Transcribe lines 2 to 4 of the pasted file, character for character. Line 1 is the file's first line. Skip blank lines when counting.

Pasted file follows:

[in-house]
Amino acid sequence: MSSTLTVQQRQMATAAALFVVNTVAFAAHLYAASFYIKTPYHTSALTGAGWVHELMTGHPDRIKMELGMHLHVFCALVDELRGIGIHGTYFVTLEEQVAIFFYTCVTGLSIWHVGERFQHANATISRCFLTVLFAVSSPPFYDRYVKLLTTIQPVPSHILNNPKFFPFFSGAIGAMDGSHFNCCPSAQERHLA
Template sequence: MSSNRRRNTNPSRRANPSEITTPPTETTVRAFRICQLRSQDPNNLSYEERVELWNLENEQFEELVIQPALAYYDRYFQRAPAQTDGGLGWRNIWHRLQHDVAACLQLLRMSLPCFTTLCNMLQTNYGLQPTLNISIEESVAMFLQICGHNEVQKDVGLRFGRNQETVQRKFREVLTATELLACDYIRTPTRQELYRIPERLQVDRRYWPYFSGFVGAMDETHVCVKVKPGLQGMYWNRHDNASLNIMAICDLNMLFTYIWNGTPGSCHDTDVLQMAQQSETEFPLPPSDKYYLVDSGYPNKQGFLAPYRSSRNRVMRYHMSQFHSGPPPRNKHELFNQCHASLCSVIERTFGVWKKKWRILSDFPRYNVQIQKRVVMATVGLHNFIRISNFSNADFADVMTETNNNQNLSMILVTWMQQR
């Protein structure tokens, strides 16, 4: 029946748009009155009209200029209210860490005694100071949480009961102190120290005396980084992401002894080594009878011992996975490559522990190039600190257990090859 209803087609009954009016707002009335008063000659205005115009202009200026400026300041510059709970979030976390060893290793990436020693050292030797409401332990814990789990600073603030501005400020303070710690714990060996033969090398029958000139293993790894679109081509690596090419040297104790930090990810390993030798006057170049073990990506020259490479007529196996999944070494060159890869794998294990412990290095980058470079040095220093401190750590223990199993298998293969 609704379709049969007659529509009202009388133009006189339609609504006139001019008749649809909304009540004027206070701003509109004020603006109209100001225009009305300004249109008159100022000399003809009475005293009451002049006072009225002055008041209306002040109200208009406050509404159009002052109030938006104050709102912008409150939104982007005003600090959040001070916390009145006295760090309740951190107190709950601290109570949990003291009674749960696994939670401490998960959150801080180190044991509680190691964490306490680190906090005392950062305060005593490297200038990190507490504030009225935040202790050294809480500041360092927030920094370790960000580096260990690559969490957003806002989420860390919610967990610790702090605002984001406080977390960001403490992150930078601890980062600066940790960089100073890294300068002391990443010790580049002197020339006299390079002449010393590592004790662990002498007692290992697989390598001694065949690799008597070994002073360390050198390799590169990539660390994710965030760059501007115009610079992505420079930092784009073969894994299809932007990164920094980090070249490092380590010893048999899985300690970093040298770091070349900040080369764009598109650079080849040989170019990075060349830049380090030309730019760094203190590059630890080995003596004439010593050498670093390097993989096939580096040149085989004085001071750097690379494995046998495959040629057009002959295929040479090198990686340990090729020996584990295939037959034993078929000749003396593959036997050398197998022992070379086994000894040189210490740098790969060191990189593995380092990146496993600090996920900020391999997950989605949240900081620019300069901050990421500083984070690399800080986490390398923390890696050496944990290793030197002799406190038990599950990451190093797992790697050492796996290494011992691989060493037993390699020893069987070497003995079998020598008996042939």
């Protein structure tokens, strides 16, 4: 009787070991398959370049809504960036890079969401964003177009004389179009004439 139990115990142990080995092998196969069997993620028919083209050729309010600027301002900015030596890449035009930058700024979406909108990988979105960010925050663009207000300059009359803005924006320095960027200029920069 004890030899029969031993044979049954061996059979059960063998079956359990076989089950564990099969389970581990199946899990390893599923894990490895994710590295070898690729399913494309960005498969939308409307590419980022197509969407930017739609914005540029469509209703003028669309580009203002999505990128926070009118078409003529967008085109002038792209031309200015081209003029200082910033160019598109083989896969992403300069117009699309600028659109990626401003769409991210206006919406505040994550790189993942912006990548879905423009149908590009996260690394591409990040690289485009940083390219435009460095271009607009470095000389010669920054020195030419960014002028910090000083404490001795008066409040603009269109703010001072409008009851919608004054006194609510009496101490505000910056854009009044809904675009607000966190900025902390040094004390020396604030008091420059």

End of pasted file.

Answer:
Amino acid sequence: MSSTLTVQQRQMATAAALFVVNTVAFAAHLYAASFYIKTPYHTSALTGAGWVHELMTGHPDRIKMELGMHLHVFCALVDELRGIGIHGTYFVTLEEQVAIFFYTCVTGLSIWHVGERFQHANATISRCFLTVLFAVSSPPFYDRYVKLLTTIQPVPSHILNNPKFFPFFSGAIGAMDGSHFNCCPSAQERHLA
Template sequence: MSSNRRRNTNPSRRANPSEITTPPTETTVRAFRICQLRSQDPNNLSYEERVELWNLENEQFEELVIQPALAYYDRYFQRAPAQTDGGLGWRNIWHRLQHDVAACLQLLRMSLPCFTTLCNMLQTNYGLQPTLNISIEESVAMFLQICGHNEVQKDVGLRFGRNQETVQRKFREVLTATELLACDYIRTPTRQELYRIPERLQVDRRYWPYFSGFVGAMDETHVCVKVKPGLQGMYWNRHDNASLNIMAICDLNMLFTYIWNGTPGSCHDTDVLQMAQQSETEFPLPPSDKYYLVDSGYPNKQGFLAPYRSSRNRVMRYHMSQFHSGPPPRNKHELFNQCHASLCSVIERTFGVWKKKWRILSDFPRYNVQIQKRVVMATVGLHNFIRISNFSNADFADVMTETNNNQNLSMILVTWMQQR
């Protein structure tokens, strides 16, 4: 029946748009009155009209200029209210860490005694100071949480009961102190120290005396980084992401002894080594009878011992996975490559522990190039600190257990090859 209803087609009954009016707002009335008063000659205005115009202009200026400026300041510059709970979030976390060893290793990436020693050292030797409401332990814990789990600073603030501005400020303070710690714990060996033969090398029958000139293993790894679109081509690596090419040297104790930090990810390993030798006057170049073990990506020259490479007529196996999944070494060159890869794998294990412990290095980058470079040095220093401190750590223990199993298998293969 609704379709049969007659529509009202009388133009006189339609609504006139001019008749649809909304009540004027206070701003509109004020603006109209100001225009009305300004249109008159100022000399003809009475005293009451002049006072009225002055008041209306002040109200208009406050509404159009002052109030938006104050709102912008409150939104982007005003600090959040001070916390009145006295760090309740951190107190709950601290109570949990003291009674749960696994939670401490998960959150801080180190044991509680190691964490306490680190906090005392950062305060005593490297200038990190507490504030009225935040202790050294809480500041360092927030920094370790960000580096260990690559969490957003806002989420860390919610967990610790702090605002984001406080977390960001403490992150930078601890980062600066940790960089100073890294300068002391990443010790580049002197020339006299390079002449010393590592004790662990002498007692290992697989390598001694065949690799008597070994002073360390050198390799590169990539660390994710965030760059501007115009610079992505420079930092784009073969894994299809932007990164920094980090070249490092380590010893048999899985300690970093040298770091070349900040080369764009598109650079080849040989170019990075060349830049380090030309730019760094203190590059630890080995003596004439010593050498670093390097993989096939580096040149085989004085001071750097690379494995046998495959040629057009002959295929040479090198990686340990090729020996584990295939037959034993078929000749003396593959036997050398197998022992070379086994000894040189210490740098790969060191990189593995380092990146496993600090996920900020391999997950989605949240900081620019300069901050990421500083984070690399800080986490390398923390890696050496944990290793030197002799406190038990599950990451190093797992790697050492796996290494011992691989060493037993390699020893069987070497003995079998020598008996042939």